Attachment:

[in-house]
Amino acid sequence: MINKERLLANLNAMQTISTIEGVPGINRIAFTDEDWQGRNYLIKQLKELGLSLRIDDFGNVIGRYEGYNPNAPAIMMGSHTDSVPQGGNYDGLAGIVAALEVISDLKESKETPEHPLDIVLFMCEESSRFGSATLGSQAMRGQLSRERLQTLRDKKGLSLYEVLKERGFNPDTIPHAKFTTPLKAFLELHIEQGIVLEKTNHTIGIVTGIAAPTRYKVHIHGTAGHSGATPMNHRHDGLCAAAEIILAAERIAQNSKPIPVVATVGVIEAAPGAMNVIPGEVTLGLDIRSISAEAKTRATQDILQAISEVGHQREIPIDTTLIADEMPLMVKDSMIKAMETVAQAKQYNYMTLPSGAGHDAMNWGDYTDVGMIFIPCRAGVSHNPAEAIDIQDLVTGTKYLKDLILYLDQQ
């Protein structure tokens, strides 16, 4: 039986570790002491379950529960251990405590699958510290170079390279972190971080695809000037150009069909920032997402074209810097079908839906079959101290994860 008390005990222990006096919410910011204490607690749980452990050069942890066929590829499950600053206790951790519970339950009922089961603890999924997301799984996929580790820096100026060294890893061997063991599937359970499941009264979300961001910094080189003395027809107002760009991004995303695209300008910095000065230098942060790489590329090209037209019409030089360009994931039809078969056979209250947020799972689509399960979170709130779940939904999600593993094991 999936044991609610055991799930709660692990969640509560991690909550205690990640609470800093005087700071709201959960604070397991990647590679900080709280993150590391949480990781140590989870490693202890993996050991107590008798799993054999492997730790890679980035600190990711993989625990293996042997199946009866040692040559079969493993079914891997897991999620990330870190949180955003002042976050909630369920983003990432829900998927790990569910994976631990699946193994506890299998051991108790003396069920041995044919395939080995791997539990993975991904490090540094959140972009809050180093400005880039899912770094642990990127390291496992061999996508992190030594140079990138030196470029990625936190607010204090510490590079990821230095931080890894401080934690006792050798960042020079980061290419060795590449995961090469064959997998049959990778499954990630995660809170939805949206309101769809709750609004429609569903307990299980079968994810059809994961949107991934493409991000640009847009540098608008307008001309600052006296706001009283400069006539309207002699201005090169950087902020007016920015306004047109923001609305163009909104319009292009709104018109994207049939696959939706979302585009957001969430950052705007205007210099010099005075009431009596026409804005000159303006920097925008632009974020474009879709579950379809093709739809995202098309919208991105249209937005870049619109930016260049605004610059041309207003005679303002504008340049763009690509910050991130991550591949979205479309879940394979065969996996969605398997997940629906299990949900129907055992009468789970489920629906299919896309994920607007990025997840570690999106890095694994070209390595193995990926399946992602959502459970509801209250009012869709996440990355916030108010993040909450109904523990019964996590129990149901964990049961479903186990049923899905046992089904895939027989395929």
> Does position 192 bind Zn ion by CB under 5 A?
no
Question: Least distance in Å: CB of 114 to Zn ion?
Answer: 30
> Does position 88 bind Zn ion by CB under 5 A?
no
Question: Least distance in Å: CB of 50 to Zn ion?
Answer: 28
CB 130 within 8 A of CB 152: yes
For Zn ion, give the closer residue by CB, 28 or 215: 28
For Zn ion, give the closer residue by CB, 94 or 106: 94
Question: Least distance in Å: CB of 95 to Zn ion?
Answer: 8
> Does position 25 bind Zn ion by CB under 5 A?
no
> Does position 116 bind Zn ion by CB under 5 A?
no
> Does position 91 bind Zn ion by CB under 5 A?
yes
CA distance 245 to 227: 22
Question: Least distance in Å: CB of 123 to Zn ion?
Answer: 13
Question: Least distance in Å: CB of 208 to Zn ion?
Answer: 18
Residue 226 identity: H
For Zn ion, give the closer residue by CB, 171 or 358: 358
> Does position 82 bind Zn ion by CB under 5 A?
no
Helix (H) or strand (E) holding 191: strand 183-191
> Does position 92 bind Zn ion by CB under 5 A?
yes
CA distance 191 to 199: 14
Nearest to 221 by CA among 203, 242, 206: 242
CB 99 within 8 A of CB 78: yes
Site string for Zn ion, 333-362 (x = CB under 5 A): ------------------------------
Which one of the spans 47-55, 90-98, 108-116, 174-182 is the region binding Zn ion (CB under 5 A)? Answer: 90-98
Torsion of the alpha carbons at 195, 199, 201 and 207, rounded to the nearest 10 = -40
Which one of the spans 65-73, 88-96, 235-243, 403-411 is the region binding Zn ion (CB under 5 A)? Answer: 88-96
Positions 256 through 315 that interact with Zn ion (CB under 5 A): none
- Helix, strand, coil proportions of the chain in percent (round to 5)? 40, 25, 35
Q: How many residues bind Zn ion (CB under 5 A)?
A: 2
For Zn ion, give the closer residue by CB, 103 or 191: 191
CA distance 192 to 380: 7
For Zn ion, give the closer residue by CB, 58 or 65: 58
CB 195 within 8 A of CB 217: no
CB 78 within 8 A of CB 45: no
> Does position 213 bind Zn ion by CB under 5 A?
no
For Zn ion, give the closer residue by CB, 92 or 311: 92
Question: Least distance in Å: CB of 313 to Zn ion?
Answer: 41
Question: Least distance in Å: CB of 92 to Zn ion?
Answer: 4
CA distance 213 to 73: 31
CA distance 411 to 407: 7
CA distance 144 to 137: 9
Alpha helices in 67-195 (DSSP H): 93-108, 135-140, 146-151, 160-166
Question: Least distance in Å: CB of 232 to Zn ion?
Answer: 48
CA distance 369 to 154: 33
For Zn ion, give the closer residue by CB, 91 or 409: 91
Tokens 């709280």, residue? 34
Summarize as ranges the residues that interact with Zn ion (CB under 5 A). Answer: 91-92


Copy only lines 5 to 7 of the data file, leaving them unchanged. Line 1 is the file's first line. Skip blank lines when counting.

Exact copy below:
no
Question: Least distance in Å: CB of 114 to Zn ion?
Answer: 30